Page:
spend figures by AC Nielsen MMS: 01763 248828.
The survey was conducted over the weekend of 10-11 August based on a
representative sample of around 1,000 adults.
The companies included in the PhoneBus are a combination of those that
have achieved high awareness scores for their offline advertising in
previous weeks and those launching new, high-profile offline ad
WEB WATCH: FINANCIAL SITES
Rank Site Address Latest monthly page
1 FT.com ft.com *55.6
2 Wall Street Journal wsj.com 40.5
3 Adv. Financial Network advfn.com 36.5
4 Ample ample.com 21.0
5 Motley Fool fool.co.uk 18.0
6 Hemscott.net hemscott.net 13.8
7 The Economist economist.com 12.9
8 MX MoneyeXtra moneyextra.com 8.5
9 Sharepages.com sharepages.com 5.2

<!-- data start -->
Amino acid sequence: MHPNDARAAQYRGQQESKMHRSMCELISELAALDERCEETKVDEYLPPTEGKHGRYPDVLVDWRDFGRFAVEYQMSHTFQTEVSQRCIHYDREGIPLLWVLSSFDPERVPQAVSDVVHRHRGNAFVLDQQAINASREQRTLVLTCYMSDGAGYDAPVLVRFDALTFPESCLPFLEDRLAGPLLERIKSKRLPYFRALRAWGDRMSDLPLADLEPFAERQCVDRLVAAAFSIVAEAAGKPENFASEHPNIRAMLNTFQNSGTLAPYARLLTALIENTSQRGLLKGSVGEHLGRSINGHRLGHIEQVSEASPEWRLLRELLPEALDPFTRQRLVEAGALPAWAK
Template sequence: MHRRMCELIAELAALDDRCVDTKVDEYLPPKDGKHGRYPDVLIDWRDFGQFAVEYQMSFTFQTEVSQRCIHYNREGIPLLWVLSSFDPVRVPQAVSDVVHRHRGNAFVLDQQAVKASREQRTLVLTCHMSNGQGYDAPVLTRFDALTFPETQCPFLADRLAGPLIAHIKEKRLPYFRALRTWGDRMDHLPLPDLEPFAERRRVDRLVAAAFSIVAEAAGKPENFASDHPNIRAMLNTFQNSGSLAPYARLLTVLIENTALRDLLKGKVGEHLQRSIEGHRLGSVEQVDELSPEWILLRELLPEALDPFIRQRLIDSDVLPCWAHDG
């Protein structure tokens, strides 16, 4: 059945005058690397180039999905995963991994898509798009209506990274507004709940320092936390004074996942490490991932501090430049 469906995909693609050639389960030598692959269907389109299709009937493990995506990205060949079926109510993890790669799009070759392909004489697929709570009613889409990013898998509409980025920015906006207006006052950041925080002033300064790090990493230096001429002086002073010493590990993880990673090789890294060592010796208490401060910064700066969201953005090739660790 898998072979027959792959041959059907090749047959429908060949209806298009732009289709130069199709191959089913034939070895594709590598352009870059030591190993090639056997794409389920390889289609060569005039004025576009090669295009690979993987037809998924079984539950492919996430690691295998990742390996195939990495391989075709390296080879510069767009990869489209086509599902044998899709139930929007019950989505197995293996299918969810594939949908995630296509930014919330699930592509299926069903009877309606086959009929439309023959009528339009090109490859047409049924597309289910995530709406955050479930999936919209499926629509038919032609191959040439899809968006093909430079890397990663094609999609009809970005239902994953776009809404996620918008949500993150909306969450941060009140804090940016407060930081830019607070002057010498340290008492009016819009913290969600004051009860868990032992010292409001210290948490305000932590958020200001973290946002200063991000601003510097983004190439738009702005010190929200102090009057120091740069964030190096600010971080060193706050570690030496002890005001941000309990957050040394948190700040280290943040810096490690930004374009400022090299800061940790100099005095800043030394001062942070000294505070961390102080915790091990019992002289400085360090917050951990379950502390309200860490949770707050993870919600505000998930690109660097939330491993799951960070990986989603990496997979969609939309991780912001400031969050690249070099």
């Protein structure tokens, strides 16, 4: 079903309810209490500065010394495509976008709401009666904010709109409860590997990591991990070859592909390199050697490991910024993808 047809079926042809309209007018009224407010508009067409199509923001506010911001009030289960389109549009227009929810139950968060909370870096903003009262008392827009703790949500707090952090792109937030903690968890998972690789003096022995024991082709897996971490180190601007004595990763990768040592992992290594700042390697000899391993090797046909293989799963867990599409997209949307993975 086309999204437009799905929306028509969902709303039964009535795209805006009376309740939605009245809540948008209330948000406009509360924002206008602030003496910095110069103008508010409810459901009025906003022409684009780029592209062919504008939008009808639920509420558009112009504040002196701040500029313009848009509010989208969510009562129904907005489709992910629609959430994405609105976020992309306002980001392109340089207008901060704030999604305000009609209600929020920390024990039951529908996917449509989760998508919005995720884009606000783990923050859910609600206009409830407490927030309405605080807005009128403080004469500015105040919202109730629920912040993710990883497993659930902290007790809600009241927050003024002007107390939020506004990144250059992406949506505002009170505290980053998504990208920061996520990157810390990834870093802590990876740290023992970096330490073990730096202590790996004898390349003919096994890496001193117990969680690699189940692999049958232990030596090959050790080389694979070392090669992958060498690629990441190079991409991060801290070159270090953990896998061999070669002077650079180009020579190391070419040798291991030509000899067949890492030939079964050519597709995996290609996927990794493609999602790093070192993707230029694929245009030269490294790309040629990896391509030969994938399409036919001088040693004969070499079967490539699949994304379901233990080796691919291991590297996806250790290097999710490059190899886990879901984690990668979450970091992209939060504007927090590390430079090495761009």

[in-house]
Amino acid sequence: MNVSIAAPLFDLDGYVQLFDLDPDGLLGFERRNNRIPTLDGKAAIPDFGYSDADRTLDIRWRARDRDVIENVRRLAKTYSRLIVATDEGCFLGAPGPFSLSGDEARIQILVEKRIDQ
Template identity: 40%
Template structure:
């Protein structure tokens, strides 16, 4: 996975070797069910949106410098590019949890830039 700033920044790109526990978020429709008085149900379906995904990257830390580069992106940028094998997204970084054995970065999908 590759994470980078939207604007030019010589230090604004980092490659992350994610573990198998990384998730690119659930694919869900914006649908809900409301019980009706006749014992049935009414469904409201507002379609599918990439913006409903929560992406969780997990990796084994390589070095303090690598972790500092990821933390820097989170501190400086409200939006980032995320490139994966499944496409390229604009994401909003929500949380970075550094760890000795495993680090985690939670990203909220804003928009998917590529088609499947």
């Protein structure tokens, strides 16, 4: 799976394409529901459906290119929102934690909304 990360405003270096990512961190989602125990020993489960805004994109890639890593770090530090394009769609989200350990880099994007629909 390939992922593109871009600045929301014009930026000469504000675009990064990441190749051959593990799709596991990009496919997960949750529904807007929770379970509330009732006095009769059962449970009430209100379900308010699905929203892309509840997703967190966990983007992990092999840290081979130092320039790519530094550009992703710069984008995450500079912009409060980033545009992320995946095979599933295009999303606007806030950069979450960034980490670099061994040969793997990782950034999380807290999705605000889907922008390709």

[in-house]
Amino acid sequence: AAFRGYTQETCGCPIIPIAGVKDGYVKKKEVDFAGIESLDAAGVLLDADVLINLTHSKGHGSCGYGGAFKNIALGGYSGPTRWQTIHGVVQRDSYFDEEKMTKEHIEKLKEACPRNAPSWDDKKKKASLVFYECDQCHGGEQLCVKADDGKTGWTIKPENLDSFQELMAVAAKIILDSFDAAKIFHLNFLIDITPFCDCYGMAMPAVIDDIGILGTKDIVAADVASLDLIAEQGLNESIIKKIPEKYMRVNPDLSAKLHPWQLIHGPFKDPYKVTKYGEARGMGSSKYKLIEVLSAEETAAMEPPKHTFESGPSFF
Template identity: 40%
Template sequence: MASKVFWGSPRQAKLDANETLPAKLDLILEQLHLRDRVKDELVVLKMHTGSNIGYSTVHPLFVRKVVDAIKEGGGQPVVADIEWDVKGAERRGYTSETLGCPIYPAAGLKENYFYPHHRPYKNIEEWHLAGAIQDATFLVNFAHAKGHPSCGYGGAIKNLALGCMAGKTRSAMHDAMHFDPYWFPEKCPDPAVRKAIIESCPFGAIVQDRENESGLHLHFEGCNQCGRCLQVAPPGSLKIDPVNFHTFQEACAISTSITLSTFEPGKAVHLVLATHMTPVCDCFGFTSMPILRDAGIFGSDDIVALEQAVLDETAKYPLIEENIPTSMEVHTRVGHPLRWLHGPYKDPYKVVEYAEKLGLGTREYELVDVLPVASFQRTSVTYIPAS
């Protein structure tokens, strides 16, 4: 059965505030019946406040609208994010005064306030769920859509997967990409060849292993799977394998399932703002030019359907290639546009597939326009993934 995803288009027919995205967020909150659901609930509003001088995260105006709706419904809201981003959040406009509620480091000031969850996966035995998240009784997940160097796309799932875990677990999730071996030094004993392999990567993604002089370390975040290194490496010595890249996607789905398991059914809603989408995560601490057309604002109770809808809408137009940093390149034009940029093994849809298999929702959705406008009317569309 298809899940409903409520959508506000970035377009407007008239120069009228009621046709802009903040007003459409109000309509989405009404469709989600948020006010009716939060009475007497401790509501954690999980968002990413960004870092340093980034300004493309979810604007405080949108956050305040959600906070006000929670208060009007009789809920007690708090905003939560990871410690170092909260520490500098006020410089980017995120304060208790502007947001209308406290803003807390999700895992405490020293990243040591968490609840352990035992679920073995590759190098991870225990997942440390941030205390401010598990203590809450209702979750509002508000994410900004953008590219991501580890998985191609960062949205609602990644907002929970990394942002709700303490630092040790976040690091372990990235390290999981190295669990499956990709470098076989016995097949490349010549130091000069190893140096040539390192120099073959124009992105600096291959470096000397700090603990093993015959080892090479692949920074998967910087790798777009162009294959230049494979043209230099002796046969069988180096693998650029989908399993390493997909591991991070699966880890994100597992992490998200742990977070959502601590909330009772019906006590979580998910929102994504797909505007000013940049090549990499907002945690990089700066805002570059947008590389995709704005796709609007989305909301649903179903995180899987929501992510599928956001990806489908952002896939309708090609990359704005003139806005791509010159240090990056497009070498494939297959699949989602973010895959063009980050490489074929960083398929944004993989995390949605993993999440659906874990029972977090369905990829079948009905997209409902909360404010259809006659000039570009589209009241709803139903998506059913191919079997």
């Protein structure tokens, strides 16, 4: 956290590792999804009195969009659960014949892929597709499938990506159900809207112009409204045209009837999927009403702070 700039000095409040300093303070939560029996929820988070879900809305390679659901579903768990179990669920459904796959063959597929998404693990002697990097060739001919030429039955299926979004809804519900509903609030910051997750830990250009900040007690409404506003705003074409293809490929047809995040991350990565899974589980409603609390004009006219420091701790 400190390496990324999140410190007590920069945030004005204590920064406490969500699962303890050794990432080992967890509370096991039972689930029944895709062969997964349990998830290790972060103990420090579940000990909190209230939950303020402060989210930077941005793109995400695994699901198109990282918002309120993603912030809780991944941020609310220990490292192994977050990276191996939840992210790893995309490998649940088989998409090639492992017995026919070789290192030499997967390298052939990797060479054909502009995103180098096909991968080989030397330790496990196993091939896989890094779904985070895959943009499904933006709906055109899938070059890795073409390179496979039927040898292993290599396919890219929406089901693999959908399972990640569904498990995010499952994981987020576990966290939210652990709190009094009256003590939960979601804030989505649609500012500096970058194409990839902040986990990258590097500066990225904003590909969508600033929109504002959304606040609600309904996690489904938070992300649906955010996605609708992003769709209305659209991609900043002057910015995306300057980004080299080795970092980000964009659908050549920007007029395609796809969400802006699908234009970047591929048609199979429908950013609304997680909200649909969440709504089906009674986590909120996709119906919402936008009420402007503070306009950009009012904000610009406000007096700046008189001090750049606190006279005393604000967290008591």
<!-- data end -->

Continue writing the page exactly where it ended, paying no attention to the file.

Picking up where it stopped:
10 E*Trade etrade.co.uk 5.0
These are unaudited figures taken from publishers unless stated. The
data used in this table is supplied by BRAD: www.intellagencia.com. Tel:
(020) 7505 8458.
For a free listing in the New Media section of BRAD, call (020) 7505
*Figures from ABC Electronic.
There isn't much change in this month's table compared with June. There is some movement as far as page impressions are concerned but the positioning of sites remains largely unaltered. Financial Times holds on to top spot, followed by The Wall Street Journal. Advanced Financial Network has seen a small increase in hits, while Ample remains fourth despite dropping 5.5 million hits. Impressions for the Motley Fool have increased to 18 million. E*Trade is a new entry at ten with five million hits.